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IMS leader talks of efforts to grow Brickyard 400

IMS Gearing Up for Brickyard 400

The president of the Indianapolis Motor Speedway says despite the challenge of attendance, the Brickyard 400 continues to be a strong economic driver.

SPEEDWAY, Ind. (Inside INdiana Business) — The president of the Indianapolis Motor Speedway says despite the challenge of attendance, the Brickyard 400 continues to be a strong economic driver.

The 26th running of the race on Sunday serves as the crowning event for the regular season championship in the NASCAR Monster Energy Cup Series and sets the stage for the series playoffs. IMS President Doug Boles says the speedway is continuing to look for ways to bring more people to the track during race weekend.

In an interview on “Inside INdiana Business with Gerry Dick,” Boles said the race continues to be important to NASCAR, IMS and the community.

“More people attend the Brickyard 400 than attend an NFL football game and while we have 235,000 permanent seats and you put 75,000-plus people in the venue, it kind of looks empty and people give us a hard time about it,” Boles said. “It’s still a huge crowd. It’s still really important; the economic engine that is the Brickyard 400 is important. Hotels, motels, the taxes we collect there that go to help fund a lot of our things downtown, it is an important thing for this community.”

Boles says several efforts have been put in place to help grow attendance and awareness of the race. They include adding the BC39 race on the Dirt Track and providing more music performances similar to what is offered in the month of May leading up to the Indianapolis 500. Boles says the Dirt Track race has brought everything back to Indy’s racing roots.

“The short-track racing, especially in the Midwest and Indiana, is the heart and soul of motorsport. There are so many people that go to their local Saturday night track and they’d love to see an opportunity for that Saturday night, local star to get a chance to race at the Indianapolis Motor Speedway and to do it through midget racing has been fantastic. We had 110 cars entered last year; we’re going have pretty close to that again this year.”

Next year, the Brickyard 400 moves to the Fourth of July weekend. Boles says while that brings the race back to hotter temperatures in the summer, it presents a great opportunity for branding.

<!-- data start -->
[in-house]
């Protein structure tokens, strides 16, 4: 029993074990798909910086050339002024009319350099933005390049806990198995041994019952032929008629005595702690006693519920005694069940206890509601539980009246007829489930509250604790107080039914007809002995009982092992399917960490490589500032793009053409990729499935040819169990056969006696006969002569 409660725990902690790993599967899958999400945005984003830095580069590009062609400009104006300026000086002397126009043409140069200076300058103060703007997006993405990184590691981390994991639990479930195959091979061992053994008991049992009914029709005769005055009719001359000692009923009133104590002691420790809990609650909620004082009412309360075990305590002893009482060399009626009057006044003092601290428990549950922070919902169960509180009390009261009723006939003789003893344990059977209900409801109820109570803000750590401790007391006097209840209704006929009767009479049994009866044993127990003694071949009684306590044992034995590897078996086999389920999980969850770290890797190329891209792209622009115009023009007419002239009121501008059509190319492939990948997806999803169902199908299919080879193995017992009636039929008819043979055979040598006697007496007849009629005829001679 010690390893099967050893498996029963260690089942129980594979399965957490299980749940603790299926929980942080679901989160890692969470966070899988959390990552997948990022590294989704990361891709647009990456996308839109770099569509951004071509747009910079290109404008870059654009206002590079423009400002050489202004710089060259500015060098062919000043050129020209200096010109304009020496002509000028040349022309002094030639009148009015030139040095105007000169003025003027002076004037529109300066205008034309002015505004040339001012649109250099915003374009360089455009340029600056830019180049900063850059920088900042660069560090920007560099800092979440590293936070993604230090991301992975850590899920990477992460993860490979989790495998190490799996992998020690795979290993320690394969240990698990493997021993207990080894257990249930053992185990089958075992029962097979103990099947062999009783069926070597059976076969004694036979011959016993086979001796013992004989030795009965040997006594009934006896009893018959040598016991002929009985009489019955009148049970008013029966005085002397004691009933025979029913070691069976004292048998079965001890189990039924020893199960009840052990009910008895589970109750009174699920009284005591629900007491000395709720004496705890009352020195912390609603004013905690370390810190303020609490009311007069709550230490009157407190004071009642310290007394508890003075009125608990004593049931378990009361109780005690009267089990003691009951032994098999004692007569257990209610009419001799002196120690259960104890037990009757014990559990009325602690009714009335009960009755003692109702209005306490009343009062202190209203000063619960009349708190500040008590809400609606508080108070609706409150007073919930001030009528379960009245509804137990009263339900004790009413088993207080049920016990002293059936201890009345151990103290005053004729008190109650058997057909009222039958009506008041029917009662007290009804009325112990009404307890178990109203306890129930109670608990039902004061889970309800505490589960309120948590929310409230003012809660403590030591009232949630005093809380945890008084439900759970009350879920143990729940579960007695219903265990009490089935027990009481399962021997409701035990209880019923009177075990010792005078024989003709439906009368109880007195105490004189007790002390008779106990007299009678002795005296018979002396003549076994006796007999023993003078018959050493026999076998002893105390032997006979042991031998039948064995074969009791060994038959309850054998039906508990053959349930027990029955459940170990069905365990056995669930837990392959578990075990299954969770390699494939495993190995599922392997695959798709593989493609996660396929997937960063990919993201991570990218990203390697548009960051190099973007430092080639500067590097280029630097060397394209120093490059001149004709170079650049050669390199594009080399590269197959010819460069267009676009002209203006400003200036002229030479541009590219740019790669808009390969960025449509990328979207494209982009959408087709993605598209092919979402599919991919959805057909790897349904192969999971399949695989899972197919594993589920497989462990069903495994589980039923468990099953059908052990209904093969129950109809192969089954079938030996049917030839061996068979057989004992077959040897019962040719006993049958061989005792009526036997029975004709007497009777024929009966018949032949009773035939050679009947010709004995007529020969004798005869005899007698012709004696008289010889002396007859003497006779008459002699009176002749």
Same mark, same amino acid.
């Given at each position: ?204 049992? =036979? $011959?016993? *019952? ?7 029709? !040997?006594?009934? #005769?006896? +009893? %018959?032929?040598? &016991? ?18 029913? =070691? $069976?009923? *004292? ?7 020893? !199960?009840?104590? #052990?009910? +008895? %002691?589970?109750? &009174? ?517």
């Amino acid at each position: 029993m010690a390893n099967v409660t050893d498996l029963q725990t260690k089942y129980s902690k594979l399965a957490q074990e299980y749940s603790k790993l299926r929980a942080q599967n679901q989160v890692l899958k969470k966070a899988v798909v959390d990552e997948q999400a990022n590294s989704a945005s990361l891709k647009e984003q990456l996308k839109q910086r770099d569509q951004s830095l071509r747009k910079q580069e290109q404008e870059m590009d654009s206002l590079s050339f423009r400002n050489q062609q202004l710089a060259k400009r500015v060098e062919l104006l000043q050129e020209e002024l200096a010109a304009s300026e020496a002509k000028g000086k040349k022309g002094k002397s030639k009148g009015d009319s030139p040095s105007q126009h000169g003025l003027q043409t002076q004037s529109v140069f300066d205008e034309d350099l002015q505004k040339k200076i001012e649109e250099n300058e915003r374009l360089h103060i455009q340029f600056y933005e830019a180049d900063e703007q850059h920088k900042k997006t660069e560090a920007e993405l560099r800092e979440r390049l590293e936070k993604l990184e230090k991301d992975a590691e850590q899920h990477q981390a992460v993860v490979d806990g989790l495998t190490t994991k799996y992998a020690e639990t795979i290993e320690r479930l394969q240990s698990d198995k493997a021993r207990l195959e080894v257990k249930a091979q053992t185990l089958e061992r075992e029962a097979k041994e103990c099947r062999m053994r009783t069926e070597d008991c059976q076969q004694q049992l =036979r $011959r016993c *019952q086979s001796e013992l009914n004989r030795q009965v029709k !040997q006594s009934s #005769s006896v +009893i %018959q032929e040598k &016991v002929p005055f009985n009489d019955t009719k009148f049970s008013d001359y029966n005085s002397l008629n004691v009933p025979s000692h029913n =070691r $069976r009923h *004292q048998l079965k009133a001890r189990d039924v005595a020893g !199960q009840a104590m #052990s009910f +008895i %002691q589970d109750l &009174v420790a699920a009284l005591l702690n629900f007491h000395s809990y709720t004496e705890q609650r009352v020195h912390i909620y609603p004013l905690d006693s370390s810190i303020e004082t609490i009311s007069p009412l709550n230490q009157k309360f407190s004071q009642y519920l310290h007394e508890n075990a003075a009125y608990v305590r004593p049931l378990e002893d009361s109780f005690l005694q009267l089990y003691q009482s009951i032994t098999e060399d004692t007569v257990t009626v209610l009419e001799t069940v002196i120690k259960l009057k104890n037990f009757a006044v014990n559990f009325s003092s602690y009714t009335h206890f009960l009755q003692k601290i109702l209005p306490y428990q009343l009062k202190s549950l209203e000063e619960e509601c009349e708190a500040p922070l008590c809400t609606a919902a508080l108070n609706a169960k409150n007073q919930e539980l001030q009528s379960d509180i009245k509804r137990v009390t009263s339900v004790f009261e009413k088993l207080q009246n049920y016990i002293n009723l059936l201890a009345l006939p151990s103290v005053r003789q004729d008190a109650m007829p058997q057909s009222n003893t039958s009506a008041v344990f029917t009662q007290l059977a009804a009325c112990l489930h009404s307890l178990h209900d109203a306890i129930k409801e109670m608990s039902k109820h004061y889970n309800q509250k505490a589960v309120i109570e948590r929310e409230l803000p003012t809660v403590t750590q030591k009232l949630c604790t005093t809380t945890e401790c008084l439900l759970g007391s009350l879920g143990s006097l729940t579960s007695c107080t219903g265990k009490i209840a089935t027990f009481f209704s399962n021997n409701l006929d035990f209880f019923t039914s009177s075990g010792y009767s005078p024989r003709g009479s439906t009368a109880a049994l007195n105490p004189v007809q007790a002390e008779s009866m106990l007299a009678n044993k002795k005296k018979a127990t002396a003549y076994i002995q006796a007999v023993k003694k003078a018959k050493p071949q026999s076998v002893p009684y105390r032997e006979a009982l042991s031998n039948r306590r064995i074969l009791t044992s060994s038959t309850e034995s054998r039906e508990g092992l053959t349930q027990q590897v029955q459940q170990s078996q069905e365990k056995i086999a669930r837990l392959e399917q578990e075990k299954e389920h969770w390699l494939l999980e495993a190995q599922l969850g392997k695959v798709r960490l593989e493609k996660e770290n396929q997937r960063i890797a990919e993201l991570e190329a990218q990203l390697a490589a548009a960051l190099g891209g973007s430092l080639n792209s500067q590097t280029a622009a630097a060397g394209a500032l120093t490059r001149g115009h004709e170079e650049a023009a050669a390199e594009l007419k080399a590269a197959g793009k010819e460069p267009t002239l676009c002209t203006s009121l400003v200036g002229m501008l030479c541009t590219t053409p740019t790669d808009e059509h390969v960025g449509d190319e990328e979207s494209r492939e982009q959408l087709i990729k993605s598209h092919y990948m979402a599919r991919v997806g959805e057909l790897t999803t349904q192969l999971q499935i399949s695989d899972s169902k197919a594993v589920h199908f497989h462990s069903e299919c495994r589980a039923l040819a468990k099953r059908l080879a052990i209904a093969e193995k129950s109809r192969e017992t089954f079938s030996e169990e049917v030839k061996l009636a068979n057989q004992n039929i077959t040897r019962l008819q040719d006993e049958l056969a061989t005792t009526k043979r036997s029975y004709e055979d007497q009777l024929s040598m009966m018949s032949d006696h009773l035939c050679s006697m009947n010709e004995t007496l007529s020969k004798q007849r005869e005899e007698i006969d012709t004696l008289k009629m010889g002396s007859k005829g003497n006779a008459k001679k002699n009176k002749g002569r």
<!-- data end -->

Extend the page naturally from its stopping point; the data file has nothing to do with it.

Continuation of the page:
“The opportunity for the Indianapolis market and the Indianapolis Motor Speedway to own the two biggest summer weekends, Memorial Day weekend and then roll it right into Independence Day weekend, it fits an awful lot with our brand; it certainly fits with the brand of Indianapolis and Indiana as we celebrate those men and women who’ve served. We’re going to build a lot of things around that weekend.”

Watch the full interview in the video.

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2 Columbus police officers arrested, facing charges of misconduct, ghost employment

COLUMBUS, Ind. (WISH) — Two Columbus police officers have been arrested on multiple charges including official misconduct and ghost employment.

According to Indiana State Police, Dan Meister and Ron May were arrested for allegedly working off-duty security jobs while also working on duty with the Columbus Police Department. An investigation into the officers began in November 2018 after a request was made by the Columbus Police Department.

Lt. Dan Meister and Sgt. Ron May allegedly worked overlapping shifts for both the police department and Columbus Regional Hospital between February 2015 and August 2018. The officers were paid by CPD and the hospital for the same hours worked on multiple occasions.

Meister had overlapped hours on 52 different occasions and May overlapped on 62 occasions, investigators say.

The investigation was turned over to a special prosecutor and arrest warrants were issued for the men on Friday. They were arrested Friday afternoon without incident and taken to the Bartholomew County Jail, police say.

Both officers are facing charges of official misconduct, ghost employment and theft.

May and Meister are expected to face initial hearings soon.

Information about how long they have worked with CPD was not immediately available.

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